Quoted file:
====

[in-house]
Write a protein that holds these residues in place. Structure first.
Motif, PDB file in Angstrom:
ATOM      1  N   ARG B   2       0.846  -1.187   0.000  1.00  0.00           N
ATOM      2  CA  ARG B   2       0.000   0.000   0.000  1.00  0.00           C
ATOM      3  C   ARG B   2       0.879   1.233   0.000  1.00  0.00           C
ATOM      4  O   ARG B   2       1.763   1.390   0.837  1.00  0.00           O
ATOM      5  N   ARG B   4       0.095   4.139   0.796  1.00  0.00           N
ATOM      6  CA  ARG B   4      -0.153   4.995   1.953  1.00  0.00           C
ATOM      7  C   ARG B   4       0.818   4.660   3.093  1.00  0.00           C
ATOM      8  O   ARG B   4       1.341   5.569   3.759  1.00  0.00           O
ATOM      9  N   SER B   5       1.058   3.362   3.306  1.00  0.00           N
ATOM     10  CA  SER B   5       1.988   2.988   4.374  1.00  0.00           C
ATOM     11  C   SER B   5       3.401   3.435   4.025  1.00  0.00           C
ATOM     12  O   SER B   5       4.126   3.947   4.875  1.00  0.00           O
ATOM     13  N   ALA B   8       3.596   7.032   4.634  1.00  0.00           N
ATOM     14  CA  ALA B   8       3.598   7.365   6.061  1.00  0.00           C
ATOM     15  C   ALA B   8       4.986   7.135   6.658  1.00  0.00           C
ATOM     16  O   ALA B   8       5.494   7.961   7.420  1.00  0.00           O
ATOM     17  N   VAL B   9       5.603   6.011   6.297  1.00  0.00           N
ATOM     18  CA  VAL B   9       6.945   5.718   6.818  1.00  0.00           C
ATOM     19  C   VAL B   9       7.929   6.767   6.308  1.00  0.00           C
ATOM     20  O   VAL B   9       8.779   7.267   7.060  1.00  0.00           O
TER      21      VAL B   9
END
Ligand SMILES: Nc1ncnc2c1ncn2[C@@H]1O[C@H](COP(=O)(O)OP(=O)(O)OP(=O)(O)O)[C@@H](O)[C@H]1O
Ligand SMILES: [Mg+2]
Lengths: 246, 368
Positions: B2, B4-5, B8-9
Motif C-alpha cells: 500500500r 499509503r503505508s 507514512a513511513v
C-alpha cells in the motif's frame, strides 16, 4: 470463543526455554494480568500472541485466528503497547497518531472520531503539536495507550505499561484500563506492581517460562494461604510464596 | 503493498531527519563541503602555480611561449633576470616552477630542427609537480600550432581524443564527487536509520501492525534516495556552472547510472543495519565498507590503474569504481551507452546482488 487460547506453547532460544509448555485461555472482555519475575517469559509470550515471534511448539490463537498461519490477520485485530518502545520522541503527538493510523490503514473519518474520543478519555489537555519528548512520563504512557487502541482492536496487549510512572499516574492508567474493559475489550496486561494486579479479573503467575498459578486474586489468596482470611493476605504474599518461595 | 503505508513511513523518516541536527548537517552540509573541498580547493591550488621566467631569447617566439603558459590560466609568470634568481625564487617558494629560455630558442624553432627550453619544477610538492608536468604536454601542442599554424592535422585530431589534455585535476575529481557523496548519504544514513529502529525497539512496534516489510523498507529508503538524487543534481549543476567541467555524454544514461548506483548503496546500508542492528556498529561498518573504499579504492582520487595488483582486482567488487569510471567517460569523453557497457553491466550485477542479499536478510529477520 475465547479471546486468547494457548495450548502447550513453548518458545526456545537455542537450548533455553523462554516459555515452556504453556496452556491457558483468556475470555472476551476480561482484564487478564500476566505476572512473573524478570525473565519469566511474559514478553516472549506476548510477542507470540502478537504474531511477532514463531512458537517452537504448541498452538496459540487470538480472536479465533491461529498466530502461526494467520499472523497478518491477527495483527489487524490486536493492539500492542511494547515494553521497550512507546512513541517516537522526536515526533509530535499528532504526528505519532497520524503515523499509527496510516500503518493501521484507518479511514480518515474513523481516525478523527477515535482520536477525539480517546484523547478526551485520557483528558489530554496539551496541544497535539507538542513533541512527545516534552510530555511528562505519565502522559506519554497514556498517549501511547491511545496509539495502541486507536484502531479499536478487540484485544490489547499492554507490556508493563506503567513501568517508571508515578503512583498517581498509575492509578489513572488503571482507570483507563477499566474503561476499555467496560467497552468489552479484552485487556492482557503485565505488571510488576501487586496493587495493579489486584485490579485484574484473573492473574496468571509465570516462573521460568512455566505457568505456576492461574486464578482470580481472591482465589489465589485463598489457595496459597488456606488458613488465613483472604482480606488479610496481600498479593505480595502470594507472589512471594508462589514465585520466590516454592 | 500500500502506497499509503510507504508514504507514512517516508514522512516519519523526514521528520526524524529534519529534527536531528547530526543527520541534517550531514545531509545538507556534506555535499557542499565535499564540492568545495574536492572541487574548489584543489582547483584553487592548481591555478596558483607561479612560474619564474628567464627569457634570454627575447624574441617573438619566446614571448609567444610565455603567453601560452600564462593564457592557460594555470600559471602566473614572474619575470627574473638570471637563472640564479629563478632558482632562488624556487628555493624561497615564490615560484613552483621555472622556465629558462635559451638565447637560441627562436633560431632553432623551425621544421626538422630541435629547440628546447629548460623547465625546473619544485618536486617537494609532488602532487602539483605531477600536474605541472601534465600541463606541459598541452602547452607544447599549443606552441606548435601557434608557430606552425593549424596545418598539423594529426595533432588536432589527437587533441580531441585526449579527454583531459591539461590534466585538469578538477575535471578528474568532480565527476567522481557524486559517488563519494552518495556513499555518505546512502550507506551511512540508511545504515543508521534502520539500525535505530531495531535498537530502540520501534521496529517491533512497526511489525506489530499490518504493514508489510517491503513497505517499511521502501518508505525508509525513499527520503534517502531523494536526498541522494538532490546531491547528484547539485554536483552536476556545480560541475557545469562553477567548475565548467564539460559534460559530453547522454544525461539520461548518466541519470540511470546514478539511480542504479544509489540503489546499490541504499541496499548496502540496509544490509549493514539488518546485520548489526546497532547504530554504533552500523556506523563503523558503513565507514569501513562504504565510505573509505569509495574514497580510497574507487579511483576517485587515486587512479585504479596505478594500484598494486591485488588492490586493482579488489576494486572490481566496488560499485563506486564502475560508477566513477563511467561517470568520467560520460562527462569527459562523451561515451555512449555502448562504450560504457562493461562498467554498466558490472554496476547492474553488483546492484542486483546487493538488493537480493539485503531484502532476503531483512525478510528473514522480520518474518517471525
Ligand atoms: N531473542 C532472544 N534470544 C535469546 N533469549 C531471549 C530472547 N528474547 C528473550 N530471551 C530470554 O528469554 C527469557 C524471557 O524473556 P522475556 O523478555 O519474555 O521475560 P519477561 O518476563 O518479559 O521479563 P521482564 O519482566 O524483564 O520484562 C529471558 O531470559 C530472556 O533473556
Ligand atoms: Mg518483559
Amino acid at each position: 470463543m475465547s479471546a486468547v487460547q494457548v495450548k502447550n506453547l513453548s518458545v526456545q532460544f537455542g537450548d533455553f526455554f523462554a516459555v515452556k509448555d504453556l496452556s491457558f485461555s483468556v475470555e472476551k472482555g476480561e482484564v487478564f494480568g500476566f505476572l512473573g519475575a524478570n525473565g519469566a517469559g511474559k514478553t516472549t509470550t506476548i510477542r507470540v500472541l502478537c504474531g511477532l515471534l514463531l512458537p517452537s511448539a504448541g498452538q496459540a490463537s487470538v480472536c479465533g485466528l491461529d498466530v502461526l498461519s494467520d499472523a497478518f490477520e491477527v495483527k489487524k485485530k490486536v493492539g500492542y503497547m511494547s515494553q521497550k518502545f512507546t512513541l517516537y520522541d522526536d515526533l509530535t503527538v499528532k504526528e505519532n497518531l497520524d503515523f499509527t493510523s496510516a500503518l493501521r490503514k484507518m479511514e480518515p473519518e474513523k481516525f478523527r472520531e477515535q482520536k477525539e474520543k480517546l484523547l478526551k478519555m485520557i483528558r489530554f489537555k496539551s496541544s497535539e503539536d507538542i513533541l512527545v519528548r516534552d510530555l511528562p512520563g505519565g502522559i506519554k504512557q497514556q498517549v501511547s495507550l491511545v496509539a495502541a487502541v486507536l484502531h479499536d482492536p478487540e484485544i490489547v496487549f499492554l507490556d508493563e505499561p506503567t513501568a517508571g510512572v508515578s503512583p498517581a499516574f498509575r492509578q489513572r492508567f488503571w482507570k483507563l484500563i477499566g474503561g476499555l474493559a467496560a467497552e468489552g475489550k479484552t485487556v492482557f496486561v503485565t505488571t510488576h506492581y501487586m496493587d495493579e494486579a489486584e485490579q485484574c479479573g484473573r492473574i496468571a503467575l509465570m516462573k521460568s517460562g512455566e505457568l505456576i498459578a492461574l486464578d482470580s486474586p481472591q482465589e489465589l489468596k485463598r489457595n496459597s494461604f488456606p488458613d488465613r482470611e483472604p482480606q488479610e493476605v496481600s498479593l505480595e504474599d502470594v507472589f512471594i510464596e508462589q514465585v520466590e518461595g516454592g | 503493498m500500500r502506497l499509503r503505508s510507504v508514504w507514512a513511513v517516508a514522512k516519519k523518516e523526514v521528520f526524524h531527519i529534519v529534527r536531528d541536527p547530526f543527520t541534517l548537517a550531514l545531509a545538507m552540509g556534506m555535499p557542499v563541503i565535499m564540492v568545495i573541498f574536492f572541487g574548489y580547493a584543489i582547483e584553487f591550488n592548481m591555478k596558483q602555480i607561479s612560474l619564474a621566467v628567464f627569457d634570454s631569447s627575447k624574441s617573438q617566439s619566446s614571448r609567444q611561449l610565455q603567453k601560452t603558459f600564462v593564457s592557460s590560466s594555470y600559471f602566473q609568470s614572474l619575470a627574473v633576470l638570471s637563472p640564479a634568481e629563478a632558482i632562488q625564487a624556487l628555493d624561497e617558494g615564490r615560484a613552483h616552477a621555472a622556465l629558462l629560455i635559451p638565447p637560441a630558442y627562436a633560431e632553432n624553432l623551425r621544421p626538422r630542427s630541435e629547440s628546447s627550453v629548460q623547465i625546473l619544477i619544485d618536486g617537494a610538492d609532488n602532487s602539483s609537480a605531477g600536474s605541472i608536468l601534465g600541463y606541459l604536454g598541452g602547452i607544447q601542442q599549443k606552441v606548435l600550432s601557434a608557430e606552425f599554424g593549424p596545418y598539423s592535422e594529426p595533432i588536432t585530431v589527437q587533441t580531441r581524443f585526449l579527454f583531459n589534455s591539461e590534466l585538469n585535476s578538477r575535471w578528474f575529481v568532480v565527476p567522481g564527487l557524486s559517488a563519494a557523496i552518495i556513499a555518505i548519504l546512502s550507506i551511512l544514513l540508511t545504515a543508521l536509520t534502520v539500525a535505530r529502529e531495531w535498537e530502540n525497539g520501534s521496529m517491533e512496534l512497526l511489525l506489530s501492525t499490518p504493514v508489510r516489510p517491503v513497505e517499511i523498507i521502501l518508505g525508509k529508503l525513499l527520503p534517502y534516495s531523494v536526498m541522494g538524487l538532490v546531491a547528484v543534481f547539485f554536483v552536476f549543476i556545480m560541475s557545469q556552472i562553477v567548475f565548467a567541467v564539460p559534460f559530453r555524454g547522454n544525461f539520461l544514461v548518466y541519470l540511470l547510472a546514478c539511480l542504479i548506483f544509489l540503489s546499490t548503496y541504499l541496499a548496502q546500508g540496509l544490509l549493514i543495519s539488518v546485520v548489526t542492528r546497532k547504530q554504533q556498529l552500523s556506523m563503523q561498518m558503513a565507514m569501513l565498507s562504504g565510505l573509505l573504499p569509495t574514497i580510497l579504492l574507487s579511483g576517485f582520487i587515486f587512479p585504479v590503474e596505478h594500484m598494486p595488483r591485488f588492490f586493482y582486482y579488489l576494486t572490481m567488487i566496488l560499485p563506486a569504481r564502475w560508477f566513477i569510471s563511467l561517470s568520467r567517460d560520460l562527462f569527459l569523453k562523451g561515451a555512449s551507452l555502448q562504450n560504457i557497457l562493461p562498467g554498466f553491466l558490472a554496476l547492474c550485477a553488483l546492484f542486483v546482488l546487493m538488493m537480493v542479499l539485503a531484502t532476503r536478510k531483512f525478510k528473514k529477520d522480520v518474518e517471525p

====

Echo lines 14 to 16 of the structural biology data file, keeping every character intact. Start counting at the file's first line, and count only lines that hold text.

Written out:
ATOM     11  C   SER B   5       3.401   3.435   4.025  1.00  0.00           C
ATOM     12  O   SER B   5       4.126   3.947   4.875  1.00  0.00           O
ATOM     13  N   ALA B   8       3.596   7.032   4.634  1.00  0.00           N